Pradhan for umbrella statutory body on oil and gas safety norms
New Delhi: Pitching for an umbrella statutory body to formulate quality and safety policies for oil and gas entities, Oil Minister Dharmendra Pradhan today said the current framework of having multiple agencies is like a “khichdi”.
Currently, safety aspects of onshore or on land upstream oil and gas production installations come under Directorate General Mines Safety (DGMS) which is under Ministry of Labour.
The offshore installations come under petroleum ministry’s Oil Industry Safety Directorate (OISD).
On the other hand, oil refineries and pipeline come under Petroleum and Natural Gas Regulatory Board (PNGRB) and Petroleum and Explosives Safety Organisation (PESO) of Department of Industrial Policy & Promotion of Commerce Ministry regulates petrol pumps.
“This is a khichdi (mixture),” Pradhan said after giving away OISD safety awards for 2012-13 here.
A comprehensive, futurist looking policy that involves best global pratices and state-of-the-art technology to provide cost effective solutions needs to be evolved.
“Quality and safety issues should be under one umbrella (organisation). It is not a prestige issue for me. It is totally acceptable to me that the safety umbrella body comes under some other ministry,” he said, adding that he has beentalking to various departments to evolve a consensus.
He also questioned how OISD, which is an oil ministry arm, is the judge. “How can stakeholders become judge? Stakeholders should not become administrators or regulators,” he said.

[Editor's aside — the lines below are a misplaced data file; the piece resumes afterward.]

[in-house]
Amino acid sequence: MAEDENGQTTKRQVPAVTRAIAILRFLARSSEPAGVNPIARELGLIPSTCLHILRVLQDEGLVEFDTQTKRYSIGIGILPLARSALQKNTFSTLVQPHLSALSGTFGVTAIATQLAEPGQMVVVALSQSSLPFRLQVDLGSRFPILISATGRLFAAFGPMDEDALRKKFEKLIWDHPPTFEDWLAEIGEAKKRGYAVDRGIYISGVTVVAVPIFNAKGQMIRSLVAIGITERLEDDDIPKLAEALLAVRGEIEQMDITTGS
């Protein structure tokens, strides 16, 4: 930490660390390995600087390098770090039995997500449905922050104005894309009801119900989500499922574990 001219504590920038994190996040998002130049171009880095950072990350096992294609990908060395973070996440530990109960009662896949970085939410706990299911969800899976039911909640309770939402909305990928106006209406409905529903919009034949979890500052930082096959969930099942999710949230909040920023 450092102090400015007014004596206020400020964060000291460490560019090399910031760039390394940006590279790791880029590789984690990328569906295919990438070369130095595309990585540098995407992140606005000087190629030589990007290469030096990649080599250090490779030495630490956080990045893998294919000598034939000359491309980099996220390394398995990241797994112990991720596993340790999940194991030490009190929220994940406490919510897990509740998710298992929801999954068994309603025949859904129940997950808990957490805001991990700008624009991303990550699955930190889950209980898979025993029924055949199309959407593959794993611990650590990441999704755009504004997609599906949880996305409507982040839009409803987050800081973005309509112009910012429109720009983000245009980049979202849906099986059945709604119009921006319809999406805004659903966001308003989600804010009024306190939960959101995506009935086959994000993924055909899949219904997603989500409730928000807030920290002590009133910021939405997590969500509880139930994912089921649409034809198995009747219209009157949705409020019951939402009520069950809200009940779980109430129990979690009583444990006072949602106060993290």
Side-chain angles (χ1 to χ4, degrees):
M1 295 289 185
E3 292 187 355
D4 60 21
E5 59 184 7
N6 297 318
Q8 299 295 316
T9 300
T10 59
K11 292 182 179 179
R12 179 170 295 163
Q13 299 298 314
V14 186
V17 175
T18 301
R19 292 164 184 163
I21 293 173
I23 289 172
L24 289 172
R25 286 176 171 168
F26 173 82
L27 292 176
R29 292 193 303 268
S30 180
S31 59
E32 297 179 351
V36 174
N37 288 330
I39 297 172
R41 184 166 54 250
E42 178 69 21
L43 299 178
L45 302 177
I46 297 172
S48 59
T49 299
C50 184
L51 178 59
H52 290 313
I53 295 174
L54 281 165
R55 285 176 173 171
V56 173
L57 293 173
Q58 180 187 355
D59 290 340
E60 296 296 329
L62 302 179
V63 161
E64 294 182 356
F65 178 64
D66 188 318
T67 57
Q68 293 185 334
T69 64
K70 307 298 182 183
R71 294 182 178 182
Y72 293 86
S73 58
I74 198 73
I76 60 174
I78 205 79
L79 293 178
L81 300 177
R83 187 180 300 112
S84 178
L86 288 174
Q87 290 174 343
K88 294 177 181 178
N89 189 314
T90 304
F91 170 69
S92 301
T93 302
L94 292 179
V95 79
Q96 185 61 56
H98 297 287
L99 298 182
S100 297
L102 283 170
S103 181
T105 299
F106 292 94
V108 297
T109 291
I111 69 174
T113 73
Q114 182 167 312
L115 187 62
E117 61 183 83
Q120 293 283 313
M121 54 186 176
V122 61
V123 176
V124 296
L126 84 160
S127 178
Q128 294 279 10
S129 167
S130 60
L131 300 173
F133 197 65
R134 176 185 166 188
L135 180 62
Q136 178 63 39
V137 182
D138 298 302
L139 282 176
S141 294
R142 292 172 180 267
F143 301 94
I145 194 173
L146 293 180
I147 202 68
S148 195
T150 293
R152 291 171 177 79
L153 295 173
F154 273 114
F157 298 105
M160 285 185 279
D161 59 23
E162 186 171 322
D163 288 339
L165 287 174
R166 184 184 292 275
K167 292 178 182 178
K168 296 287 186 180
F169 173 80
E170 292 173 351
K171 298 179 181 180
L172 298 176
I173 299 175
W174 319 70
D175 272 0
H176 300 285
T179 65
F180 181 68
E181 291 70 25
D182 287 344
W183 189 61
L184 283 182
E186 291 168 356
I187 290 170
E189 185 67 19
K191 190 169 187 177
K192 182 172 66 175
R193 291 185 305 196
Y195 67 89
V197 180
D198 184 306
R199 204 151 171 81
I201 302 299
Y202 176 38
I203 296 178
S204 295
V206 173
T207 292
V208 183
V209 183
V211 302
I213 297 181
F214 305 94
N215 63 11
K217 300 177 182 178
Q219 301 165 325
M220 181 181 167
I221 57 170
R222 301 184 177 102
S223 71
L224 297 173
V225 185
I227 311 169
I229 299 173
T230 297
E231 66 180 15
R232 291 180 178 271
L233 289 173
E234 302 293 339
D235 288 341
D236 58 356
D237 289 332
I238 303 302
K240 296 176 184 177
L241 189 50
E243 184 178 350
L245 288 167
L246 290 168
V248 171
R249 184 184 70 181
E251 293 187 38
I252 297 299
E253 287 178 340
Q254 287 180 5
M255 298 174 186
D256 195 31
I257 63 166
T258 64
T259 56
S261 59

OISD carries out safety audits of oil and gas installations, besides formulating and standardising procedures and guidelines for design, operation and maintenance.
However, the body lacks statutory authority. In August 2012, the then oil minister S Jaipal Reddy had suggested giving statutory powers to OISD but the proposal has not materialised so far.
Pradhan mentioned of a devastating fire at state gas utility GAIL India’s pipeline in Andhra Pradesh in June that
killed 15 persons, followed by a minor fire at HPCL Mittal Energy Ltd’s Bhatinda refinery where no one was injured.
Six people had died and 36 were injured after a gas leak at steel maker SAIL’s plant in Chhattisgarh on June 12.
In August last year, a fire at HPCL’ Vizag refinery in Andhra Pradesh had killed 30 persons.
A dozen persons were killed in a fire at IOC’s Jaipur oil depot on 29 December 2009.
In 2005, 24 persons lost their lives when a giant platform of ONGC in Bombay High caught fire following a supply vessel colliding with it.
“While we will inquire and go into the root cause of today’s fire, we need to seriously look at a statutory body for the oil and gas sector,” he said.
The Ministry of Petroleum and Natural Gas had in 1986 constituted the OISD to enhance safety in the industry.
There are hazards on account of inherent risks associated with the oil and gas industry such as extreme physical conditions in addition to potential fire and explosion from accidental release of flammable hydrocarbons.